You might be able to skip the iMovie step and import direct into VIRB Edit, leave a comment and let me know if this works fine, or any other ideas for getting the job done.


Tuesday, 3 February 2015

Bobridge Hour Attempt - Round One

Bobridge's credentials to date have already established him as a champion. That can't be debated, and barring any catastrophic incidents in the future, he will always be a champion. With that said, let's not talk about how his attempt at the hour was a success. It wasn't. He failed. Failing is ok. Without the risk of failure, there is nothing to celebrate in success.

He's a professional athlete in a sport where the majority of the time you don't succeed. This is his job. It requires sacrifice, compromise, and pain. But show me a job worth doing that doesn't.

As for the effort itself - We've all seen the graphs comparing his hour effort to the other two recent ones:

Voigt holding pace and lifting at 35km with a super human effort we've come to expect from old Jensie. Brändle went out holding a slightly higher pace, then fading at the same point Voigt lifted. Brändle had enough in the bank at the 36-37km mark that even with the drop in speed, he still took the record. Two different pacing strategies, both which succeeded.

After Voight effectively set the 'new rules' hour record, the goal posts moved. They'll continue to move as riders set new records. This means the every single box has to be ticked for anyone attempting the hour.

There isn't a lot published about the technical side of Bobridge's attempt. I think they gambled on a the weather being a lot warmer for the attempt. DISC is only 60m or so above sea level, so they needed all the atmospheric and environmental advantages they could get. They lucked out on a uncharacteristically cold summer week in Melbourne, and an even colder day. Pumping the velodrome full of hot air in the hours prior would have helped, but not as much as having everything nicely slow roasted up to a warmer temperature in the days prior.

The skinsuit he was wearing was also said to be custom made for the attempt. It looks like they borrowed some fabric tech from Rapha/Sky looking close up. It is hard to tell without handling it. A marketing shortfall here is not using (or offering) a skinsuit that people could purchase from Tineli themselves. Is their standard offering not fast enough? Does making a 'fast suit' cost too much? There are significant aerodynamic differences in skinsuits and materials used. If Tineli offered a 'BobbersSuit' I'm sure people would be all over it. Although since he failed at this attempt the marketing spin would be a little tougher.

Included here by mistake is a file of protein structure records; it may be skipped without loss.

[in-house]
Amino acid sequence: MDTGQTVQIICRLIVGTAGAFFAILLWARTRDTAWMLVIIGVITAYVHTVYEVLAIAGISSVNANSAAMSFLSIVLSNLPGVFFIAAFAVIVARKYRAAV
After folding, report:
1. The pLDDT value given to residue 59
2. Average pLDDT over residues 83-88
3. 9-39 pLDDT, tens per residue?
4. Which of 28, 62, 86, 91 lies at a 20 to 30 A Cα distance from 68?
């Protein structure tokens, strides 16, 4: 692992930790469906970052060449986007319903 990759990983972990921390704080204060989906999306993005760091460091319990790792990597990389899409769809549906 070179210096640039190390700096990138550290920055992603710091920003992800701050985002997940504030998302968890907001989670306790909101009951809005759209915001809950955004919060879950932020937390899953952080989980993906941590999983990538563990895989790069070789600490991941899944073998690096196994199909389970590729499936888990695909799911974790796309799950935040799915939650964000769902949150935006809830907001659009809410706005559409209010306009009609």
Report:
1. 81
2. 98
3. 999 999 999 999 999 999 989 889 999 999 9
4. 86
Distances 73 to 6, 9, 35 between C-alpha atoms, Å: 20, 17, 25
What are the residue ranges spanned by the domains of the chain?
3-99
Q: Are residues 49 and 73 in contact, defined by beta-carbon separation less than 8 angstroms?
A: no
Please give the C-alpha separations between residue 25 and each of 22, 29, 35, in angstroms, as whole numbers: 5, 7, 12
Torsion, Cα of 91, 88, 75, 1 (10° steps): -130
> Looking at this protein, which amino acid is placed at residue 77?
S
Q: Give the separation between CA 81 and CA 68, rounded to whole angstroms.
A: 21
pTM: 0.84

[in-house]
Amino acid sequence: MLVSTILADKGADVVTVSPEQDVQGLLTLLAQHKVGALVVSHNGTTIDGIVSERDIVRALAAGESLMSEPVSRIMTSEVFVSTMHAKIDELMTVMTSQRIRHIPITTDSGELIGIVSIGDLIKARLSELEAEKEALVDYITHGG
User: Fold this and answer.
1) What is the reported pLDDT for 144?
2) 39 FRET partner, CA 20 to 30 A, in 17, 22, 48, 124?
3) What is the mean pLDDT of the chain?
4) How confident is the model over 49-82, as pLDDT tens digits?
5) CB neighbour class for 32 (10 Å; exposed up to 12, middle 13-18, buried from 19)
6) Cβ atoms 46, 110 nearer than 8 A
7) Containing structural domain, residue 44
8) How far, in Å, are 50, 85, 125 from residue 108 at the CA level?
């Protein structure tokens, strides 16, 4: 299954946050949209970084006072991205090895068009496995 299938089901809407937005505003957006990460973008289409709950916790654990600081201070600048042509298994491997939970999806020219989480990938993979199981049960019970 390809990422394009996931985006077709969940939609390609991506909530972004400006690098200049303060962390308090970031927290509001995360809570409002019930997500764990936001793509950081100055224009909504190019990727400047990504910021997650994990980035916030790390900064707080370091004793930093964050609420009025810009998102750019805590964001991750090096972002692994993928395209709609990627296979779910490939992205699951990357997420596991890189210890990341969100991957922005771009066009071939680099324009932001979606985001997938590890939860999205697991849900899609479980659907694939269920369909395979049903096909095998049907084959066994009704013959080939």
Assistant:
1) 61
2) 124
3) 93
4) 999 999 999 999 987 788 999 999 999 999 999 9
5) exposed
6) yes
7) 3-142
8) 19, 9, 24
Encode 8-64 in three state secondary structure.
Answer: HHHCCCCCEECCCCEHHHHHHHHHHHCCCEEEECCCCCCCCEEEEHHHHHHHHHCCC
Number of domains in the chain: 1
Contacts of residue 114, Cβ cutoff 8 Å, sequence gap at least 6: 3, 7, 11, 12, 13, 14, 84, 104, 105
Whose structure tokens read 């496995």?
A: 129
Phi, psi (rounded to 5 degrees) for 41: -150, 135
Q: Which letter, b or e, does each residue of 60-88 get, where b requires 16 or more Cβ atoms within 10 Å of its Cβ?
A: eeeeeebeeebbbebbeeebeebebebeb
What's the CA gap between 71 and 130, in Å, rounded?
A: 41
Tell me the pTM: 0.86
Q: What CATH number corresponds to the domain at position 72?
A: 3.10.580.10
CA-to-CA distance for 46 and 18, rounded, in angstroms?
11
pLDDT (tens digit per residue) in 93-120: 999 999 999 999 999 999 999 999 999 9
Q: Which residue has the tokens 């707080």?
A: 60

What about the helmet he used? It was different to the one he set the Pursuit world record in. Was the Kask a sponsor requirement? Did they test a number of helmets with his somewhat more relaxed than normal aero position to determine what was optimal? I would assume so, but wind tunnel time is VERY expensive. Regression testing at a velodrome can be mildly expensive and time consuming. I didn't see any wind tunnel time promos or believe they would have had enough time between Nationals and Tour Down Under to collect data from the velodrome. Maybe they did....  I don't know. 

The loop thing hanging out his nose? There is no independent / peer reviewed studies showing these devices work, so that has zero to do with sports performance. I assume it is there to pay the bills. This hour attempt costs money. Much like how professional tennis players reach for their wrist watches for any post game interview. Endorsements pay the bills. Unfortunately for Rhinomed, the attempt didn't work out.

Finally back to his pacing. His coach and mentor, Tim Decker, is undoubtedly THE BEST person to be standing trackside for Boberidge on the day. A champion in his own right, with more experience and mental toughness than we could imagine. With pacing/timing tape markers planted trackside and Decker watching him like a hawk, there was no reason to deviate from the plan.

"The first 20 minutes I was riding to what we wanted to do", Jack Bobridge.

So what we're seeing in the graph was the plan. Bobridge used the same approach as Brändle to bank a lead and hold on. Unfortunately it didn't pay off. At 10km he had a clear lead, but from then on he was unable to dig deep into those special physiological characteristics that separates him from the rest of us and set a new record.

The Science of Sport summed it up perfectly, "Physiology is a reliable 'debt collector'!"

Would he have succeeded with a different pacing strategy? We will never really know. What will be interesting is to see what changes are made if he has another attempt at it. He has our support, and a lot of data collected from his first attempt to work with. Fingers crossed we get to support him again for round two!